Thats what I mean when I say I want to be like you. A King in all but name. Loved by most. Feared by all. Nobody messes with Santa. Nobody takes your stuff and you dont even have to hit them with a sword.

Mum said I should sign my name at the end of the letter but I know that you know who wrote it. I know you watching.


Your Biggest Fan.


Wolves at the Door (part 100)

Gil found Alfvin waiting for him; patient, but ready to move on.

“You have satisfied your urge to splurge? Then perhaps we should be going.”

“Don’t you have more stuff to buy?”

“I have what I need.”

He began to lead the way back toward the doorway, but Gil did not automatically follow.  This rushing back and forth between worlds seemed at odds with what Alfvin had told him.

“Is it really a good idea to be in such a hurry?  I mean, I get that you need to visit a village every couple of days, but how many are there before you get back to the start of the cycle?  You said yourself that you’d rather not return to any one village too often, but the less time you spend here, the quicker you burn down the list.”

“That is true.  Unfortunately, right now circumstances are against me.  The distances we must travel are longer, and the nights are shorter.  The prospect of wasting another day makes me quite anxious.  But it is as you say. An hour or two will make little difference, and it may help in the long run.  And speaking of long runs, our next trip will be the longest yet.  But once that is done, I think I can afford to spend a night here, and leave the outer world to its own devices for a little while.”

Restless as he was, Alfvin forced himself to play tour guide.  While enchanted goods were plentiful, they were by no means the only things for sale here.  Clustered near each of the stone doorways were several traders selling various imported goods: the food that Alfvin had recommended so heartily, and artworks of various kinds.  Mysterious and intricate mechanisms sat side-by-side with stacks of impossibly-thin materials, painted with unfamiliar runes.  Occasionally Gil would see something he recognised: blankets, clothing, basic tools.  Even in a world full of magic, the necessities of life remained necessary.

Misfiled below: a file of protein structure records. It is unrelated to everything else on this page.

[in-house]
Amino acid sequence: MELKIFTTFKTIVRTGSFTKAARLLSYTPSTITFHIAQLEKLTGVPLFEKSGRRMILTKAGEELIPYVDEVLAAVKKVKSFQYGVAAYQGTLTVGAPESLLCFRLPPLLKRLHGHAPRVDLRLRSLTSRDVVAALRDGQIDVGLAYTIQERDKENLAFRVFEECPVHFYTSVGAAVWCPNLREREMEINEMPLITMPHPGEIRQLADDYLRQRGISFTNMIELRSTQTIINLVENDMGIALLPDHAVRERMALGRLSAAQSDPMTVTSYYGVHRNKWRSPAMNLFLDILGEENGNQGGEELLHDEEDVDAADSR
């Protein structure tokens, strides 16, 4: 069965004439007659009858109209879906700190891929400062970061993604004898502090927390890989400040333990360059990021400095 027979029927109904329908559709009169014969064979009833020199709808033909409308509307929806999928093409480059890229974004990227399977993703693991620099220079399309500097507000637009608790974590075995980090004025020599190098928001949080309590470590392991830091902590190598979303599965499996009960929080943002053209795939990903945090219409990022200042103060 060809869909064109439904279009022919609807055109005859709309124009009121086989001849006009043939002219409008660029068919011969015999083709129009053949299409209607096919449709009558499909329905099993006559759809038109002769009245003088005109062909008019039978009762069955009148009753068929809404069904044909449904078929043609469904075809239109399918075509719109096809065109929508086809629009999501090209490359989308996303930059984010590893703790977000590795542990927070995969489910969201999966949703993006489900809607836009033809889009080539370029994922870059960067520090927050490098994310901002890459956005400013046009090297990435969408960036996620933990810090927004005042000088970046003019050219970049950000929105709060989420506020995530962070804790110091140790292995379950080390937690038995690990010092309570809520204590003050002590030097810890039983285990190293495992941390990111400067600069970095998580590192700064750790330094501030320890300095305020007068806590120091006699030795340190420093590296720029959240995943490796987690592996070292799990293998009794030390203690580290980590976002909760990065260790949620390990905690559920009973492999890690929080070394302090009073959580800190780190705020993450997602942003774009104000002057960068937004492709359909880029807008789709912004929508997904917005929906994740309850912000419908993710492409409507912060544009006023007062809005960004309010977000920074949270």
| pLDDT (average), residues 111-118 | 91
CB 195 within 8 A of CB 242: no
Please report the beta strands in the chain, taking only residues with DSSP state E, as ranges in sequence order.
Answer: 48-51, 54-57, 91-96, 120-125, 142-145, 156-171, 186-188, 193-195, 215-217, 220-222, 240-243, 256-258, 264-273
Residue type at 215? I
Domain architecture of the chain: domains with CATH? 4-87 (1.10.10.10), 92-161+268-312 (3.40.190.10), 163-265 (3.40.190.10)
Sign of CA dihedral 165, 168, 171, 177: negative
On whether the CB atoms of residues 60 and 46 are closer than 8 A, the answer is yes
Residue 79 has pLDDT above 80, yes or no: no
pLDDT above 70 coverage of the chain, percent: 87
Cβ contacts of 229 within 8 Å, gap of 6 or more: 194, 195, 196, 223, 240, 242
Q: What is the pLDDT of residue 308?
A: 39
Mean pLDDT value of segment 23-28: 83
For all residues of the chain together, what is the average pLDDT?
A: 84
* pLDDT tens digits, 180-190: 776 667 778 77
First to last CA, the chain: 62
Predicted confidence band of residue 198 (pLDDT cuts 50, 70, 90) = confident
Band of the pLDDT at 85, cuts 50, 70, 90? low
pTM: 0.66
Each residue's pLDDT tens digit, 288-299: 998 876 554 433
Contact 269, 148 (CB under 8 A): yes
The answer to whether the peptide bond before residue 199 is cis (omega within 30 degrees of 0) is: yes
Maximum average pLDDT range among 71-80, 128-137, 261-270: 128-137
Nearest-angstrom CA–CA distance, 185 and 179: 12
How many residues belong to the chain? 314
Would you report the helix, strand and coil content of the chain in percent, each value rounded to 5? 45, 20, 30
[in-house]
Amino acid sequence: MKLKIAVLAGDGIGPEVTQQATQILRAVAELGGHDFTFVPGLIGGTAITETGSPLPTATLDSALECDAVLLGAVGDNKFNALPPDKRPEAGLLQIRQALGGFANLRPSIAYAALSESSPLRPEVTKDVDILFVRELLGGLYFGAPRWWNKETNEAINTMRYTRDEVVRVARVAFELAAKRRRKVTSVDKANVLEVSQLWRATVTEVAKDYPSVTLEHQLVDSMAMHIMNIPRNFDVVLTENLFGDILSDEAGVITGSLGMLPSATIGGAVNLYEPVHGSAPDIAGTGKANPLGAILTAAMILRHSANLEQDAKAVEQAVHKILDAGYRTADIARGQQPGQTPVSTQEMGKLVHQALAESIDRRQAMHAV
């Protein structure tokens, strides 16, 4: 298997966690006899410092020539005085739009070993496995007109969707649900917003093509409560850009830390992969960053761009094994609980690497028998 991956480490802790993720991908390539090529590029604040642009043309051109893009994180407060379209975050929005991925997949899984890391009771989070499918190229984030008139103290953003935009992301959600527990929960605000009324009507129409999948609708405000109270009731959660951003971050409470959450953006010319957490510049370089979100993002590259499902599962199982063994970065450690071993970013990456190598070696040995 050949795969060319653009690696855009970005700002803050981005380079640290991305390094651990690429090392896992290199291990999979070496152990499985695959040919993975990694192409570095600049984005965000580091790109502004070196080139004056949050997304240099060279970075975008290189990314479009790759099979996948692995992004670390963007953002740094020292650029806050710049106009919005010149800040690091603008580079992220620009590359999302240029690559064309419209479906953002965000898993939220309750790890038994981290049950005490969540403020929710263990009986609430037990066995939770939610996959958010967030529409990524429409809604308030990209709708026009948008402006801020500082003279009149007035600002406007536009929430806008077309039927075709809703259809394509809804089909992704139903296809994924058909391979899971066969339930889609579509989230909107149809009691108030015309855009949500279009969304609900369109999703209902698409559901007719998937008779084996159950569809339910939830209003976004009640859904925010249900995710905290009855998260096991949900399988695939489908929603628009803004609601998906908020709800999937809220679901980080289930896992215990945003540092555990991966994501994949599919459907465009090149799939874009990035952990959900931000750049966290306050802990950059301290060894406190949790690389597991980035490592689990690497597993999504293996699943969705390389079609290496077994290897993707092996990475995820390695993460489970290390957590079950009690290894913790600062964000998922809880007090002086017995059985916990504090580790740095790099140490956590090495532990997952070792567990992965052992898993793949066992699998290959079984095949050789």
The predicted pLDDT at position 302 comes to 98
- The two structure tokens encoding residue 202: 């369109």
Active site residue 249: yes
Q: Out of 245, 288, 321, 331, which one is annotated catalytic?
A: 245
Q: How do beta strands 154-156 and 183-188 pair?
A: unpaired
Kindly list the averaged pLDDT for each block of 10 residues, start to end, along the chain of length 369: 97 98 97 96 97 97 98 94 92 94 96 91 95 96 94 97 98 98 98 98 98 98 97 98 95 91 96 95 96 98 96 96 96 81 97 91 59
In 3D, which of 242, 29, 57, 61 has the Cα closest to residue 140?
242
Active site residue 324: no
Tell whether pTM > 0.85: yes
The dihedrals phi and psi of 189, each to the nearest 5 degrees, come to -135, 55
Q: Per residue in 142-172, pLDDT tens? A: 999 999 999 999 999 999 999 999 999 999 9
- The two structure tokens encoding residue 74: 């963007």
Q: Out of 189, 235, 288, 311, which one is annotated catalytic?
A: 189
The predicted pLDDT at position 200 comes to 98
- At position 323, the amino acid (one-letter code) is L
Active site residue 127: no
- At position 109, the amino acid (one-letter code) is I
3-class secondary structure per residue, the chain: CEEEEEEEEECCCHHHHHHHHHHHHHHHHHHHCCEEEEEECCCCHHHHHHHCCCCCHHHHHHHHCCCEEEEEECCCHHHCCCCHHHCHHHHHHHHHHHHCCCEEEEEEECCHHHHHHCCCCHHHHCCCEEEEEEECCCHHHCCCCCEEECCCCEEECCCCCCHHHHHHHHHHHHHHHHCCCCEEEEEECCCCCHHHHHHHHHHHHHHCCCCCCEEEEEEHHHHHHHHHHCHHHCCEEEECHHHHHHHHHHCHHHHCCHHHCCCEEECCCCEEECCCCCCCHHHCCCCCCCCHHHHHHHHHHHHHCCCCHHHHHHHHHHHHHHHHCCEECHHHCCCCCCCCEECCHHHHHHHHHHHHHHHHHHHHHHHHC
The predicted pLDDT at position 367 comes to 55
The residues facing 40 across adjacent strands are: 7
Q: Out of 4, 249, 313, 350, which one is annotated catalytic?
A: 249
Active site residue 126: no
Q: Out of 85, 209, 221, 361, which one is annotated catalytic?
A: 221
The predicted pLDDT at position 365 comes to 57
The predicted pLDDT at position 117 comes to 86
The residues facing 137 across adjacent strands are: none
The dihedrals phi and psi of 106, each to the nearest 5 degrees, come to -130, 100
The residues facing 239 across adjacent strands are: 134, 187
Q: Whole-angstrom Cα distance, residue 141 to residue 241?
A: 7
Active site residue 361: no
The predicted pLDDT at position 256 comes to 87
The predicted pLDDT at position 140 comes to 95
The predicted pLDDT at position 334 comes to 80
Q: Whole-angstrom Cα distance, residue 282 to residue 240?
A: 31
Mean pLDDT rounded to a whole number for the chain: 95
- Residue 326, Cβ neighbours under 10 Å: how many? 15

Marvellous as the sights were, Gil kept finding himself distracted by the sounds.  Where once the thrum of the crowds had been little more than background noise, he now kept catching tantalising snippets of conversations that quickly degraded into gibberish again.  His newly-purchased translator was working, but only intermittently.  Even the modest crowds this far from the centre of things must be leeching the magic out of the atmosphere.

Eventually, the novelty began to fade.  From one gateway to the next, the imported goods looked much the same.  The mysterious objects remained mysterious, even after hearing their names.  After stopping by Alfvin’s tent to pick up some supplies, they approached the stone doorway.

The knotted rope was still hanging from the top of the door frame, looking unsettlingly out-of-balance with only one end visible.  Alfvin considered it for a moment before turning to Gil.

“It does the job, there’s no denying that.  But I can’t help thinking we can do better.  Let’s see if we can bring back a sign to hang off the rope.”

As he spoke, Gil stared for a moment, then removed the pendant from around his neck and slipped it into one of his bags.

“Uh… sure.  Sounds like a good idea.”

“Then shall we be away?”

As they crossed the threshold together, Gil breathed a little sigh of relief.  Hearing that colloquial but unfamiliar voice coming from his friend’s mouth had just been too unsettling.  He should have known that even such seemingly innocuous magic would have some kind of downside.